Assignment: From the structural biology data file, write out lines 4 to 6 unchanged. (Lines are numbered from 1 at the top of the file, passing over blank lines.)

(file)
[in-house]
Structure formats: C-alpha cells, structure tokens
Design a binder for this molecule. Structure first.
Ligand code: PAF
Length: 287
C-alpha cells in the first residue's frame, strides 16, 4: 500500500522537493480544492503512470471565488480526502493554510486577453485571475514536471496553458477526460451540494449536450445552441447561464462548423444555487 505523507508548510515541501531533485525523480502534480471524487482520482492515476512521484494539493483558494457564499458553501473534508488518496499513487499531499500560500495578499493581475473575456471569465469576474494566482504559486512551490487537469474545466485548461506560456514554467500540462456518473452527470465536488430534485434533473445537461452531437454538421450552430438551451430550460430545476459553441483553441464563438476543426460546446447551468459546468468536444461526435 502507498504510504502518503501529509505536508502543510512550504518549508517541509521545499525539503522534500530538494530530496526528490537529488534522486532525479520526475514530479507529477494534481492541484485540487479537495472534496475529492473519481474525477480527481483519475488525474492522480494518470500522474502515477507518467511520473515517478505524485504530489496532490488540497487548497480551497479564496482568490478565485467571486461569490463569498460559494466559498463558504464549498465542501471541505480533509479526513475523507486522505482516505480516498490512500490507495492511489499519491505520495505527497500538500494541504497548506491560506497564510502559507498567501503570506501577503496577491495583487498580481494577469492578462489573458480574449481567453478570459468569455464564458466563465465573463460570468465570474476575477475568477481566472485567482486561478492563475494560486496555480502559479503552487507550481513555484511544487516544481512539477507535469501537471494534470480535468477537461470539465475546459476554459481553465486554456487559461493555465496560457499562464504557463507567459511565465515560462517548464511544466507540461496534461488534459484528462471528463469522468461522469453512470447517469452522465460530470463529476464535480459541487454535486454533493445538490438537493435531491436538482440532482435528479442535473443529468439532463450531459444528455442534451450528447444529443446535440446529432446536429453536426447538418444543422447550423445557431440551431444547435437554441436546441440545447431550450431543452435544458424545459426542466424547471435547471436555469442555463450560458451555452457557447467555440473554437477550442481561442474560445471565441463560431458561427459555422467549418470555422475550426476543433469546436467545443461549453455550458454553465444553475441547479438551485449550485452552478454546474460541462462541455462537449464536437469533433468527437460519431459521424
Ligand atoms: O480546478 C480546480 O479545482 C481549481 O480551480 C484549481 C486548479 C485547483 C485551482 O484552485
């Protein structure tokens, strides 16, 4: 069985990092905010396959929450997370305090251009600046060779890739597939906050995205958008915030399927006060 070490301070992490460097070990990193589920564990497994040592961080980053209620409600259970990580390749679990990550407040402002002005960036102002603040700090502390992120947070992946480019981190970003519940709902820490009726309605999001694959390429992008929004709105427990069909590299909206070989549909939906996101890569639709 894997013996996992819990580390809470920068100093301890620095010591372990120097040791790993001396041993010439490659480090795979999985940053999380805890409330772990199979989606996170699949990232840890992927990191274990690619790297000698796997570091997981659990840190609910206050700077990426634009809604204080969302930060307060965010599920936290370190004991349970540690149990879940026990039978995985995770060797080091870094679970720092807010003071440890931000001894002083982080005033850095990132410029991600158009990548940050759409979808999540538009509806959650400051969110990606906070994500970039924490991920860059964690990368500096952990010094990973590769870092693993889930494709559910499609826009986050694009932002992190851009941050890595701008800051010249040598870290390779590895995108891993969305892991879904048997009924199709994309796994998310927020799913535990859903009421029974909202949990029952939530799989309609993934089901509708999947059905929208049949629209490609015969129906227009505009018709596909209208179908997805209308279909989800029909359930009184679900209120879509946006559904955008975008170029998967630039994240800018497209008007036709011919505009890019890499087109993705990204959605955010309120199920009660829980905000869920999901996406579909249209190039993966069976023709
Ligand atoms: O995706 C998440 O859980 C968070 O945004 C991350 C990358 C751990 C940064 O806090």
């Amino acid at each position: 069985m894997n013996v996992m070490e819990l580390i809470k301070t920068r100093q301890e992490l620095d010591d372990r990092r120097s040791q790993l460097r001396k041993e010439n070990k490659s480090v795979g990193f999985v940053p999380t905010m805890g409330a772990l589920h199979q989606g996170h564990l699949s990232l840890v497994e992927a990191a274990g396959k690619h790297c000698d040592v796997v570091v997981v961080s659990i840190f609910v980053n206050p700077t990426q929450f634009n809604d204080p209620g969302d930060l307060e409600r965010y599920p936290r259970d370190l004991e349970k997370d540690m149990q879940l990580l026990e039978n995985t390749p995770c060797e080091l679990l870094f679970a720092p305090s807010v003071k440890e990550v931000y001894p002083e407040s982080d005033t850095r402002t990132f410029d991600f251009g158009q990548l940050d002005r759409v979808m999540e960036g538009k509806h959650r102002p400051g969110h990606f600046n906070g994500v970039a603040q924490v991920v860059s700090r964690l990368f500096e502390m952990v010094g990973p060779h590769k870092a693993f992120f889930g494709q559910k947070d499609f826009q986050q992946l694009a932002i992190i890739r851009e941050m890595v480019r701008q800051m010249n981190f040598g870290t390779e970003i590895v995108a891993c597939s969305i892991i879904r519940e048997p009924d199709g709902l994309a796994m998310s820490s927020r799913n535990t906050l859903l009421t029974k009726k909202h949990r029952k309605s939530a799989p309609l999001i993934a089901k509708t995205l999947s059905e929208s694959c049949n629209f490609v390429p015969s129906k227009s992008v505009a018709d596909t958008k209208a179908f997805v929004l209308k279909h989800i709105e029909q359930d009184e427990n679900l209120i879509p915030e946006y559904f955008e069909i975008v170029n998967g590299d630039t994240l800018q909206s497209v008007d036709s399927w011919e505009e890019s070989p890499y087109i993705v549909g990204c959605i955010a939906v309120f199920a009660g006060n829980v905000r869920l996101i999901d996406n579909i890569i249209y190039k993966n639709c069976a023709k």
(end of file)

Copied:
Ligand code: PAF
Length: 287
C-alpha cells in the first residue's frame, strides 16, 4: 500500500522537493480544492503512470471565488480526502493554510486577453485571475514536471496553458477526460451540494449536450445552441447561464462548423444555487 505523507508548510515541501531533485525523480502534480471524487482520482492515476512521484494539493483558494457564499458553501473534508488518496499513487499531499500560500495578499493581475473575456471569465469576474494566482504559486512551490487537469474545466485548461506560456514554467500540462456518473452527470465536488430534485434533473445537461452531437454538421450552430438551451430550460430545476459553441483553441464563438476543426460546446447551468459546468468536444461526435 502507498504510504502518503501529509505536508502543510512550504518549508517541509521545499525539503522534500530538494530530496526528490537529488534522486532525479520526475514530479507529477494534481492541484485540487479537495472534496475529492473519481474525477480527481483519475488525474492522480494518470500522474502515477507518467511520473515517478505524485504530489496532490488540497487548497480551497479564496482568490478565485467571486461569490463569498460559494466559498463558504464549498465542501471541505480533509479526513475523507486522505482516505480516498490512500490507495492511489499519491505520495505527497500538500494541504497548506491560506497564510502559507498567501503570506501577503496577491495583487498580481494577469492578462489573458480574449481567453478570459468569455464564458466563465465573463460570468465570474476575477475568477481566472485567482486561478492563475494560486496555480502559479503552487507550481513555484511544487516544481512539477507535469501537471494534470480535468477537461470539465475546459476554459481553465486554456487559461493555465496560457499562464504557463507567459511565465515560462517548464511544466507540461496534461488534459484528462471528463469522468461522469453512470447517469452522465460530470463529476464535480459541487454535486454533493445538490438537493435531491436538482440532482435528479442535473443529468439532463450531459444528455442534451450528447444529443446535440446529432446536429453536426447538418444543422447550423445557431440551431444547435437554441436546441440545447431550450431543452435544458424545459426542466424547471435547471436555469442555463450560458451555452457557447467555440473554437477550442481561442474560445471565441463560431458561427459555422467549418470555422475550426476543433469546436467545443461549453455550458454553465444553475441547479438551485449550485452552478454546474460541462462541455462537449464536437469533433468527437460519431459521424